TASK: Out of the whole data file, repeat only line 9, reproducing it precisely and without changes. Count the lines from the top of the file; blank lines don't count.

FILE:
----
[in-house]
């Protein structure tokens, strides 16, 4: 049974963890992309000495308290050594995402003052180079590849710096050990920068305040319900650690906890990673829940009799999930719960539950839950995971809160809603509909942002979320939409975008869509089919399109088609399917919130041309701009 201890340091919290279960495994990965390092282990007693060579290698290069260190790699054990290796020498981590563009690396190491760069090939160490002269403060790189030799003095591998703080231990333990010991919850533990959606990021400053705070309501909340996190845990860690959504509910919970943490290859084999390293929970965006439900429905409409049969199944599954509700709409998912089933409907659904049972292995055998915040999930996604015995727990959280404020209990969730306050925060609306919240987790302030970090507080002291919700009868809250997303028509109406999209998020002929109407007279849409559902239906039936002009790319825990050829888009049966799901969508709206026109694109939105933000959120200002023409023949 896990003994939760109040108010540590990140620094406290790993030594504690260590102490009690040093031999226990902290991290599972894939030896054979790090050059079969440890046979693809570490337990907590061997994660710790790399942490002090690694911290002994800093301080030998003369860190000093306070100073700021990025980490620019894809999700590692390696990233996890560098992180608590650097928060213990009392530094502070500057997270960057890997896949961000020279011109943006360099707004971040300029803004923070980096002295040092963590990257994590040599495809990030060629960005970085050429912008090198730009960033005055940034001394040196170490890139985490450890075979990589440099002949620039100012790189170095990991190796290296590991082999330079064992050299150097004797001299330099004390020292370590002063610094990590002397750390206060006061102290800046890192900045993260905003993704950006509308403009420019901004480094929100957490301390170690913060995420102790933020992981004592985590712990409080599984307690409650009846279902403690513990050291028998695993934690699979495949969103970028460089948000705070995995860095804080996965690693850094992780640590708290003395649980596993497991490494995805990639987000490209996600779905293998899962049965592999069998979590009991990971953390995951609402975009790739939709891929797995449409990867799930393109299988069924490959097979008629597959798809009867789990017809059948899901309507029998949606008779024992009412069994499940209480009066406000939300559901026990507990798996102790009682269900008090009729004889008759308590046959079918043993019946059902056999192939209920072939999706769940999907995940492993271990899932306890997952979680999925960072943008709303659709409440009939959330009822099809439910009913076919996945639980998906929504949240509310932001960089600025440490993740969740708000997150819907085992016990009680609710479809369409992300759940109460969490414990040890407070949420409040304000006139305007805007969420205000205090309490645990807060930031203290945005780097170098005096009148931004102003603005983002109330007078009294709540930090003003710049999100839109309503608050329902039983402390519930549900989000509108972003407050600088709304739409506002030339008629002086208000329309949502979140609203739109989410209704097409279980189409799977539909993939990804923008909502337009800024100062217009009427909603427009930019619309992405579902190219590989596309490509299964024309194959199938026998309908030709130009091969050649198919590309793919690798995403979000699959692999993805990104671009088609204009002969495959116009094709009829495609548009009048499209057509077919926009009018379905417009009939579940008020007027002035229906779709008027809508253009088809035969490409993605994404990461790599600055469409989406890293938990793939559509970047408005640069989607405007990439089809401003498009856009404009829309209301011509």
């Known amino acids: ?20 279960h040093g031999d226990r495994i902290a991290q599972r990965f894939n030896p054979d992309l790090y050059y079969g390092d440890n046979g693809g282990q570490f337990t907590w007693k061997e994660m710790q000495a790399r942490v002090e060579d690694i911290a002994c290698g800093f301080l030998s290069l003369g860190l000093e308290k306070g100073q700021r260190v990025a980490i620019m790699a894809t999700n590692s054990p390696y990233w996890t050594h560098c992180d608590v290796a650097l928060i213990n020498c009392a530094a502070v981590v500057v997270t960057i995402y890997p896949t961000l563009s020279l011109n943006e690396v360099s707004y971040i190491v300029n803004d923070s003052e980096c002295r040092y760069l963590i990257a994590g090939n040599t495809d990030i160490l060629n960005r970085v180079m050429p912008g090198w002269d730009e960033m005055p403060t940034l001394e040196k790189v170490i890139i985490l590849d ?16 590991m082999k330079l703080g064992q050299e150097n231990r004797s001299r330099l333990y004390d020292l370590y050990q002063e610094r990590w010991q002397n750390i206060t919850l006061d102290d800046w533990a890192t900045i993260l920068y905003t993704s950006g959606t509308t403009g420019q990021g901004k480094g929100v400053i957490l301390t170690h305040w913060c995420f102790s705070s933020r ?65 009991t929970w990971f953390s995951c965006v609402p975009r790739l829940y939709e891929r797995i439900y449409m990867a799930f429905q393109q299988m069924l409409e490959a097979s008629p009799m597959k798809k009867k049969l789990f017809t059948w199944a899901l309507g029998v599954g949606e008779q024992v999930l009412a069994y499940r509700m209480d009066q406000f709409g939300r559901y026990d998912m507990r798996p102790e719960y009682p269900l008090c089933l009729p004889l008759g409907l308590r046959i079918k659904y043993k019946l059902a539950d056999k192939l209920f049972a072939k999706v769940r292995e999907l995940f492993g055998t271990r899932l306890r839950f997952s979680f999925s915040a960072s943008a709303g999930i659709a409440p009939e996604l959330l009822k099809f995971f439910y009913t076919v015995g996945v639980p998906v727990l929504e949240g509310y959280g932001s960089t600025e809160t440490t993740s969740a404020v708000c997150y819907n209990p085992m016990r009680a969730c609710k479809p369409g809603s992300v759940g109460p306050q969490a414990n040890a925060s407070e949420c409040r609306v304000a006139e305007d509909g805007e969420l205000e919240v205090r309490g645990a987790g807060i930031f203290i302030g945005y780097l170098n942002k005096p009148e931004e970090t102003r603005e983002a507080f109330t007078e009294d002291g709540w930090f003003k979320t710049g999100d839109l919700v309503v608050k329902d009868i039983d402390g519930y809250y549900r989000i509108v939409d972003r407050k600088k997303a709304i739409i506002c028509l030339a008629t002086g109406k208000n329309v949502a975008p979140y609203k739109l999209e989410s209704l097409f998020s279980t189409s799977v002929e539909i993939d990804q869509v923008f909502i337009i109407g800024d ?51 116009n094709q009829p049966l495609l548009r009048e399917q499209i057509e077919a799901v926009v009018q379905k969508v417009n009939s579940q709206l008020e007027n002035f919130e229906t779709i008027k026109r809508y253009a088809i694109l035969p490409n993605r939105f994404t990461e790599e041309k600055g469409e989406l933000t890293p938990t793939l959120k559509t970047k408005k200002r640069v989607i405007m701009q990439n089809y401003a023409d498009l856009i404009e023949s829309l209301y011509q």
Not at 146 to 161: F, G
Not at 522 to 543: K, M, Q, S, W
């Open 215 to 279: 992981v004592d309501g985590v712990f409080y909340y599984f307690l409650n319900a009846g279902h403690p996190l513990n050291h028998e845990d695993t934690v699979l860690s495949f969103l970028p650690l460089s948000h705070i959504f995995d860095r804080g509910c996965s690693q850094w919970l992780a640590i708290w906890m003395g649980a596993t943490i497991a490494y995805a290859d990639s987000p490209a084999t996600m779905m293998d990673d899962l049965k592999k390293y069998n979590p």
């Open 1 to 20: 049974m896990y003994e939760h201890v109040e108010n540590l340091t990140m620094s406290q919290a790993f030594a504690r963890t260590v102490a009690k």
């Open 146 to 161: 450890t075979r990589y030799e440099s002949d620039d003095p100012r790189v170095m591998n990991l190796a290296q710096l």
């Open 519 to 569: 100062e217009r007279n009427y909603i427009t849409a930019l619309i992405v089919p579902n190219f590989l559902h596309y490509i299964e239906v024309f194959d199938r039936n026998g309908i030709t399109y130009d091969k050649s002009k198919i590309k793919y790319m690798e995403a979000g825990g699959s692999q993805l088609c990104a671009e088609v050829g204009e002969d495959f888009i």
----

């Open 519 to 569: 100062e217009r007279n009427y909603i427009t849409a930019l619309i992405v089919p579902n190219f590989l559902h596309y490509i299964e239906v024309f194959d199938r039936n026998g309908i030709t399109y130009d091969k050649s002009k198919i590309k793919y790319m690798e995403a979000g825990g699959s692999q993805l088609c990104a671009e088609v050829g204009e002969d495959f888009i």